Obama's response to a question about whether the White House is doing enough to help struggling African-American communities was to note that many elements of the stimulus plan have disproportionately helped those in need, such as expanded unemployment insurance. This was accurate.
In fact, though, Obama understated the extent to which the stimulus plan was targeted at needy communities and needy families. Dozens of programs within the stimulus package are weighted so that more of the money will go struggling areas -- there is more education funding for schools with many poor students, there is money for weatherizing the homes of low-income residents but none for middle and higher-income residents, and even infrastructure projects such as clean water initiatives are being awarded based partly on the financial need of towns and neighborhoods.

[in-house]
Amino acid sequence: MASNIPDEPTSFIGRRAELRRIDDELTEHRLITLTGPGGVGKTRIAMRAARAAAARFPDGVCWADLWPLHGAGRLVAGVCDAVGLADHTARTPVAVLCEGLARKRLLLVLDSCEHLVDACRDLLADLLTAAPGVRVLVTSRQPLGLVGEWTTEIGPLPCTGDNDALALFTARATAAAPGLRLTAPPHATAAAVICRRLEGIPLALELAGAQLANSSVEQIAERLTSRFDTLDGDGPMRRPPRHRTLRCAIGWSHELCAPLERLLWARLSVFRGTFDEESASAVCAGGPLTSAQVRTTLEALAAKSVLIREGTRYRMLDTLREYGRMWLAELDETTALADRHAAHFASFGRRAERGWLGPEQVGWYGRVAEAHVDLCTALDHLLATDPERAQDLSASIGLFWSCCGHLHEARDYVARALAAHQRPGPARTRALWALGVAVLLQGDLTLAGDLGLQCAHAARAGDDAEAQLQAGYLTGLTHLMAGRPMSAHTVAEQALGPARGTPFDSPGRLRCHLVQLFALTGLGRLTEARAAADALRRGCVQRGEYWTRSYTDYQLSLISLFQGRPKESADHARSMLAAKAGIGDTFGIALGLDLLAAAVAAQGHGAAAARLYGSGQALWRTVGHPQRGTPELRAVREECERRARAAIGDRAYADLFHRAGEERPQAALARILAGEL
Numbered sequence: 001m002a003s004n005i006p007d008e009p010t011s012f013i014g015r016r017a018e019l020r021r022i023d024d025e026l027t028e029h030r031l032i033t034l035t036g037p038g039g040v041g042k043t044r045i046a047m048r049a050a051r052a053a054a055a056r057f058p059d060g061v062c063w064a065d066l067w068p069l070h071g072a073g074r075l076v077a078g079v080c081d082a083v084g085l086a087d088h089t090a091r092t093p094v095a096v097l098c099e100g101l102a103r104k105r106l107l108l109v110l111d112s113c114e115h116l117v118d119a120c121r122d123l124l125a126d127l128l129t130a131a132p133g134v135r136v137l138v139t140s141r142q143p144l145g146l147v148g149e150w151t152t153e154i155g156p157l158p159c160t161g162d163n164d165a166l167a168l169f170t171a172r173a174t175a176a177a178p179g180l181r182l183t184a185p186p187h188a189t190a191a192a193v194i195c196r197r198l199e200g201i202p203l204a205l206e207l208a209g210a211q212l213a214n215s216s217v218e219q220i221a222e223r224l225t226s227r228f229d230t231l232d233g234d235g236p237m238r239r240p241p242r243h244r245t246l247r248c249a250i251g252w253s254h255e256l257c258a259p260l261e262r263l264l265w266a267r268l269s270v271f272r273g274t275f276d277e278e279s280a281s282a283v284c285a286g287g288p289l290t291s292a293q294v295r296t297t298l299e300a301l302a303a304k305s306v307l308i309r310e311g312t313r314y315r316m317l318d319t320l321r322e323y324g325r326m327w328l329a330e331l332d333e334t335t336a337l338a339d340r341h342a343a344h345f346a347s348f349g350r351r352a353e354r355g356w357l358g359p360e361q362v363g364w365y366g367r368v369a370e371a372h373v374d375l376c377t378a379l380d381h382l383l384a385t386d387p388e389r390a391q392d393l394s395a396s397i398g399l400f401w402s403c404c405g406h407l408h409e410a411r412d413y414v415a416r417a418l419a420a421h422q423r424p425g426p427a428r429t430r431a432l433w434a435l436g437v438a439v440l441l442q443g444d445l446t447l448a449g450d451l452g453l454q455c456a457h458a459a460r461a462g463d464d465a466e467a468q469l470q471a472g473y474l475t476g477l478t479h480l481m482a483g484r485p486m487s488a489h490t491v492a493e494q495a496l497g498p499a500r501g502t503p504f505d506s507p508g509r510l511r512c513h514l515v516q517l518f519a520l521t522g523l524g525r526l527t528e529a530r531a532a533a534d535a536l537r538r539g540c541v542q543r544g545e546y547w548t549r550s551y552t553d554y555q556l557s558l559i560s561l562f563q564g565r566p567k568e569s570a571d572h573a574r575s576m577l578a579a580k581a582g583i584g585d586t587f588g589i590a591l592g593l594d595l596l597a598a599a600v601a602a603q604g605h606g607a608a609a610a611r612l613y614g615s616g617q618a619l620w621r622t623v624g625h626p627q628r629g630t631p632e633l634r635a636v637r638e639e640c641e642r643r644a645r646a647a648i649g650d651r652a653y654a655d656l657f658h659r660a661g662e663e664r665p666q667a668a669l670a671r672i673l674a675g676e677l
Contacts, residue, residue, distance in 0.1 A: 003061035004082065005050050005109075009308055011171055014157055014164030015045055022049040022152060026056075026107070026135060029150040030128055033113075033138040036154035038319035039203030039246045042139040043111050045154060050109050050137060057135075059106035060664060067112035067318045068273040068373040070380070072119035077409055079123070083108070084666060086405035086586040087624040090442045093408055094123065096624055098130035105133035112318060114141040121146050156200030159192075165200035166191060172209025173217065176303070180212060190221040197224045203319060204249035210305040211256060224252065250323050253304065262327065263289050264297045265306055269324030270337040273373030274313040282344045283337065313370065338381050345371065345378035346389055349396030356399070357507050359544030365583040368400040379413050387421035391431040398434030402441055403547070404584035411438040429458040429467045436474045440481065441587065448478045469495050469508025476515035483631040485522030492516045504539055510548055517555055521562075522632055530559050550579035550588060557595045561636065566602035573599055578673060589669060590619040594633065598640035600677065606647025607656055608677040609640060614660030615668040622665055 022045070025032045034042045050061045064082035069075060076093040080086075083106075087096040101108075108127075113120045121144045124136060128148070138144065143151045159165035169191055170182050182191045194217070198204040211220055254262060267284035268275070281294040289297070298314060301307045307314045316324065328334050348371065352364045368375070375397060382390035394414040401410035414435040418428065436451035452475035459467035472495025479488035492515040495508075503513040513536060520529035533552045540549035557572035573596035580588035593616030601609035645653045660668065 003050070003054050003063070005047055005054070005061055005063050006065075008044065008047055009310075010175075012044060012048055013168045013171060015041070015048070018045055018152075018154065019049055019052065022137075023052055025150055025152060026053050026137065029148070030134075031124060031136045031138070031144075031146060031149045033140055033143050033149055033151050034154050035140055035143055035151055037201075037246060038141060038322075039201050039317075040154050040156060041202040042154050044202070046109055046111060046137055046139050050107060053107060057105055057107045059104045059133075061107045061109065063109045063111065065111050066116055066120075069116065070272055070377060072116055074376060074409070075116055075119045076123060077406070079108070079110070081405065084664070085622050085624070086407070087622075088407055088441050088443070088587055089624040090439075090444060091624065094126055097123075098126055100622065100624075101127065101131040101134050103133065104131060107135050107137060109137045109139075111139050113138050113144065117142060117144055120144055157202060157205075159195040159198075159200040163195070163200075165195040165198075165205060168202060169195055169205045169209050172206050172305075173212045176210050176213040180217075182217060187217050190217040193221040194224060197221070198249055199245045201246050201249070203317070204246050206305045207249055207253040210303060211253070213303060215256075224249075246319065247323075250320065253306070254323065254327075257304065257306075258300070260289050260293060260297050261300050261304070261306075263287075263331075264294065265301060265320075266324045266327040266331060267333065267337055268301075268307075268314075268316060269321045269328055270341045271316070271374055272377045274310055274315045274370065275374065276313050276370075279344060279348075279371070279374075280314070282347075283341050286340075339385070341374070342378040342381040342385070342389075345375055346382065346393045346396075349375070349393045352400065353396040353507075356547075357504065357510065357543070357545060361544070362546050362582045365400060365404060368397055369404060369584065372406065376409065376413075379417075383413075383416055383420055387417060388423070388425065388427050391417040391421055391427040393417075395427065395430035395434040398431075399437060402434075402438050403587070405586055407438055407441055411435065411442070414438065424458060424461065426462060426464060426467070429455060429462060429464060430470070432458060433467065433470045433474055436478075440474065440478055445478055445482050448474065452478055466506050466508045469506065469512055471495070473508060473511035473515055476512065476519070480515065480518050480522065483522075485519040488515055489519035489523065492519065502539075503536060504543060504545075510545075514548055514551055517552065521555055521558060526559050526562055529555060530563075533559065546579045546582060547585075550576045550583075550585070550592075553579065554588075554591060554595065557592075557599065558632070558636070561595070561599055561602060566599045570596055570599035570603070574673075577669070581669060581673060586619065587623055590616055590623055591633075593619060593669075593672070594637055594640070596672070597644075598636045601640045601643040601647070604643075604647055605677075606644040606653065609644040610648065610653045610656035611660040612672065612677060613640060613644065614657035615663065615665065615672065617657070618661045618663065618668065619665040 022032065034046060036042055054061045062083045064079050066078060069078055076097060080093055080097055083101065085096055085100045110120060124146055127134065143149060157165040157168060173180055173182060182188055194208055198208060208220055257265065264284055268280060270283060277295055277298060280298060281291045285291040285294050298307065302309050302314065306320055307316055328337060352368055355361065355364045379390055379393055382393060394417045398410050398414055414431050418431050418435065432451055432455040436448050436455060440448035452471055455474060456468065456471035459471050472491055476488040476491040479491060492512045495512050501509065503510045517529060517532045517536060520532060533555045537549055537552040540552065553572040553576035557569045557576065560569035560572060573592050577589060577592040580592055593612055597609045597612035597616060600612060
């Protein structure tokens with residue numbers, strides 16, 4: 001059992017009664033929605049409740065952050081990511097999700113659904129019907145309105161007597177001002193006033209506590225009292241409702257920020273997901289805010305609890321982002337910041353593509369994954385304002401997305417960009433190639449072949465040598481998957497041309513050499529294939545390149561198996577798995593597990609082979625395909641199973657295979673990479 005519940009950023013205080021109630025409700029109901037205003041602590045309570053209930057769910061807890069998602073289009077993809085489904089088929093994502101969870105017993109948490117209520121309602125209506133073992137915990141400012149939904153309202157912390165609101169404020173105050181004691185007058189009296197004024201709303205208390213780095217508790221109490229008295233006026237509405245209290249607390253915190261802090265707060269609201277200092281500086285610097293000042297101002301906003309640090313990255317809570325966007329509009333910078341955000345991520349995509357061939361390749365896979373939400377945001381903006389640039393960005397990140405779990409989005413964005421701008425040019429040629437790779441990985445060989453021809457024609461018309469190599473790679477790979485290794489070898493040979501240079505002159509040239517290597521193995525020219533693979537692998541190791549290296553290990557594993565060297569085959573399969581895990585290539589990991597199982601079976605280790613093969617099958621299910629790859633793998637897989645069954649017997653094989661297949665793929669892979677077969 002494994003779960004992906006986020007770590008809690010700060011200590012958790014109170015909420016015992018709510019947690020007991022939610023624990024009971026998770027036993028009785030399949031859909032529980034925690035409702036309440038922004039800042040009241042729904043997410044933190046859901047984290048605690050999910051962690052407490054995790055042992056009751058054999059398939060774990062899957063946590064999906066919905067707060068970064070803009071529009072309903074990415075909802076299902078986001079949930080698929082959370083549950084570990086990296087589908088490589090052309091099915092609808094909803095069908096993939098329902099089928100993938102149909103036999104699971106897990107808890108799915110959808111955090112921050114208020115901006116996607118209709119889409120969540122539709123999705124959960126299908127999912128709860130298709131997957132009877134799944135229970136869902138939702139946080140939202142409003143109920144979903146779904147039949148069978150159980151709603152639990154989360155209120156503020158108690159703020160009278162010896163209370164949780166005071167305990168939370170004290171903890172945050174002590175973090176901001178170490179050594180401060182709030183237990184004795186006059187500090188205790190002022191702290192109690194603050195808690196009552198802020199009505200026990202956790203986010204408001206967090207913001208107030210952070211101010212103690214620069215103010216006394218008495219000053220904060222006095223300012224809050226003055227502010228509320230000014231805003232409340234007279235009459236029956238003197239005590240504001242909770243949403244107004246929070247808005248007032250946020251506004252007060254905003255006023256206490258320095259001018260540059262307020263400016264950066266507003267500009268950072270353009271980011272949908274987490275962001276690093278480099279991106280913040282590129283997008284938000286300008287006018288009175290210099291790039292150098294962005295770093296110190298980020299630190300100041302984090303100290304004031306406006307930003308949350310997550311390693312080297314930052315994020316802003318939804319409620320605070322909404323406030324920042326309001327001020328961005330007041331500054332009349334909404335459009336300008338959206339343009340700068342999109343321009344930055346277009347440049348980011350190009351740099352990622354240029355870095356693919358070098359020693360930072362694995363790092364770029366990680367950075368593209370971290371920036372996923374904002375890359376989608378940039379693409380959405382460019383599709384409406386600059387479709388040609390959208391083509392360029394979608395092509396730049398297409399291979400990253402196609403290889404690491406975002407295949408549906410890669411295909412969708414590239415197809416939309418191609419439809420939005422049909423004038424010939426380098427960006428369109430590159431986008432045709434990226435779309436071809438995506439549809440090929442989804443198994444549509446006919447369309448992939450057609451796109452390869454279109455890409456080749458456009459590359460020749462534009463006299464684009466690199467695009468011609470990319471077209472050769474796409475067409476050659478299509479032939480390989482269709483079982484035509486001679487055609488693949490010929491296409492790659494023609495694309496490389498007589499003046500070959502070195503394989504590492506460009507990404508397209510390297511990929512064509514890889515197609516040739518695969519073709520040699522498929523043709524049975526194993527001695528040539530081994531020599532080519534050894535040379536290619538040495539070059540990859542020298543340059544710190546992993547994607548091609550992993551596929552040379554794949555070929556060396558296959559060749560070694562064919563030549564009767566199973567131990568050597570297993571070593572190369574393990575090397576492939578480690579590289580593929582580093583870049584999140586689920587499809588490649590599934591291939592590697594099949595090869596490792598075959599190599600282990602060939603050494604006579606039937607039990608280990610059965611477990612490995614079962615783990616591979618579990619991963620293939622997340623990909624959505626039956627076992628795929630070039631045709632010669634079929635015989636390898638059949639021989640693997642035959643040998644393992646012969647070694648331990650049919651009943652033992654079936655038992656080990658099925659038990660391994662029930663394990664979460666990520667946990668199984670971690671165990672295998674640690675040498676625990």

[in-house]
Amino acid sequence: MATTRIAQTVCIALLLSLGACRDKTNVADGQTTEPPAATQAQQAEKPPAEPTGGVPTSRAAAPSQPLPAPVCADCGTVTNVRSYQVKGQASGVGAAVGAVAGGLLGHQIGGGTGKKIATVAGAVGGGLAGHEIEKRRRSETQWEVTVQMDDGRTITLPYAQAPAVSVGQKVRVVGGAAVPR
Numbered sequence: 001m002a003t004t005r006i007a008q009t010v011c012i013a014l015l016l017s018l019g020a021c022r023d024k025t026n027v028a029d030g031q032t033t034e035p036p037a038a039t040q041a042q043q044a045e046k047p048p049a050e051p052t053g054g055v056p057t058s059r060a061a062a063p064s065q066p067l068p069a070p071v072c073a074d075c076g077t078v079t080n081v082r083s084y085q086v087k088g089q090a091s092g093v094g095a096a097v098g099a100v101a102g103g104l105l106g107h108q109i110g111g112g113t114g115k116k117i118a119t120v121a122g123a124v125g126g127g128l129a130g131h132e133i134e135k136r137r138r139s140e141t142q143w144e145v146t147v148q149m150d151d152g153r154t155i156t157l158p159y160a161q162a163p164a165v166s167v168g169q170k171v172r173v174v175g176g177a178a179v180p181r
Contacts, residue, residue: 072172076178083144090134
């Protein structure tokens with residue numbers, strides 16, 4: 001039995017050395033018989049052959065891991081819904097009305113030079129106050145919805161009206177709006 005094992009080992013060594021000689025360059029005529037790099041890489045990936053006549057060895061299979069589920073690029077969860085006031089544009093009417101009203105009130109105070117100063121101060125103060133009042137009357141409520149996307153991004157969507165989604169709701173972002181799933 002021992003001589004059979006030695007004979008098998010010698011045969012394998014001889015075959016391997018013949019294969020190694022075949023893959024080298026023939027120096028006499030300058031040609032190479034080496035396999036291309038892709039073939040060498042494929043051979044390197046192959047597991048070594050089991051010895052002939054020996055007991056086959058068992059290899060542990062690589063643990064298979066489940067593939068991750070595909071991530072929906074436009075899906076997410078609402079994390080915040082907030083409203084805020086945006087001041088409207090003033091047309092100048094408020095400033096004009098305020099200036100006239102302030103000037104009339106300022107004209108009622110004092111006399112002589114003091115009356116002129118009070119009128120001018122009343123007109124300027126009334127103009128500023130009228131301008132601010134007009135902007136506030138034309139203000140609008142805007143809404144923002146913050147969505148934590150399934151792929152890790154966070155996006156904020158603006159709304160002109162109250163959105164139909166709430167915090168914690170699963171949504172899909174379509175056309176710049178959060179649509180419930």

Yet Obama keeps getting questions from the press and lawmakers, such as his successor in the Senate, Roland Burris, about why the White House isn't doing more for African-Americans and others in the most need. Either the money hasn't filtered down yet to make an impact -- or just maybe, the White House hasn't been as blunt as it could be about the degree of targeting that is occurring.
On immigration, Obama said he would "love to partner" with his 2008 Republican presidential opponent, Sen. John McCain (Ariz.), and expected to set up a working group of key lawmakers this year to hammer out ideas for a broad overhaul of the system. Obama said he would make administrative changes in the meantime to show Americans that the government can be relied on to keep its promises to secure the border and uphold the law.